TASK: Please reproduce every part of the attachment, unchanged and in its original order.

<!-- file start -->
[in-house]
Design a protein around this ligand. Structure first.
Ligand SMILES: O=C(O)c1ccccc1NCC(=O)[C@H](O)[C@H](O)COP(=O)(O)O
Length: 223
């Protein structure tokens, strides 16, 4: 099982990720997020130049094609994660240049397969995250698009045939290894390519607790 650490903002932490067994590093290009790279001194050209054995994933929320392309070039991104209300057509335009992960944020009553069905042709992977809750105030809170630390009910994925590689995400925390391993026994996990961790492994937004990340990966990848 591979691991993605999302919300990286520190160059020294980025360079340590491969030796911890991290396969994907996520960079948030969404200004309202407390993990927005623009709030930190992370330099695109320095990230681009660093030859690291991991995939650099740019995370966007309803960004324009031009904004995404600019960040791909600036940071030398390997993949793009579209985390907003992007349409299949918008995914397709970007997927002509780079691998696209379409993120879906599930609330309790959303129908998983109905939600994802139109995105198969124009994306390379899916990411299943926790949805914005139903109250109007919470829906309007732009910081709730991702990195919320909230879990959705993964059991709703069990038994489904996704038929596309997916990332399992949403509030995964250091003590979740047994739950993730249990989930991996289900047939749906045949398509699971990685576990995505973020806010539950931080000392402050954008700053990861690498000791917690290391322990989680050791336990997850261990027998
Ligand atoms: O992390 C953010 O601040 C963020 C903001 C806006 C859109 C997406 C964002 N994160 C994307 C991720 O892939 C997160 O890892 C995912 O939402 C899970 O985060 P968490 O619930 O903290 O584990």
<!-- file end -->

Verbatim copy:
[in-house]
Design a protein around this ligand. Structure first.
Ligand SMILES: O=C(O)c1ccccc1NCC(=O)[C@H](O)[C@H](O)COP(=O)(O)O
Length: 223
């Protein structure tokens, strides 16, 4: 099982990720997020130049094609994660240049397969995250698009045939290894390519607790 650490903002932490067994590093290009790279001194050209054995994933929320392309070039991104209300057509335009992960944020009553069905042709992977809750105030809170630390009910994925590689995400925390391993026994996990961790492994937004990340990966990848 591979691991993605999302919300990286520190160059020294980025360079340590491969030796911890991290396969994907996520960079948030969404200004309202407390993990927005623009709030930190992370330099695109320095990230681009660093030859690291991991995939650099740019995370966007309803960004324009031009904004995404600019960040791909600036940071030398390997993949793009579209985390907003992007349409299949918008995914397709970007997927002509780079691998696209379409993120879906599930609330309790959303129908998983109905939600994802139109995105198969124009994306390379899916990411299943926790949805914005139903109250109007919470829906309007732009910081709730991702990195919320909230879990959705993964059991709703069990038994489904996704038929596309997916990332399992949403509030995964250091003590979740047994739950993730249990989930991996289900047939749906045949398509699971990685576990995505973020806010539950931080000392402050954008700053990861690498000791917690290391322990989680050791336990997850261990027998
Ligand atoms: O992390 C953010 O601040 C963020 C903001 C806006 C859109 C997406 C964002 N994160 C994307 C991720 O892939 C997160 O890892 C995912 O939402 C899970 O985060 P968490 O619930 O903290 O584990």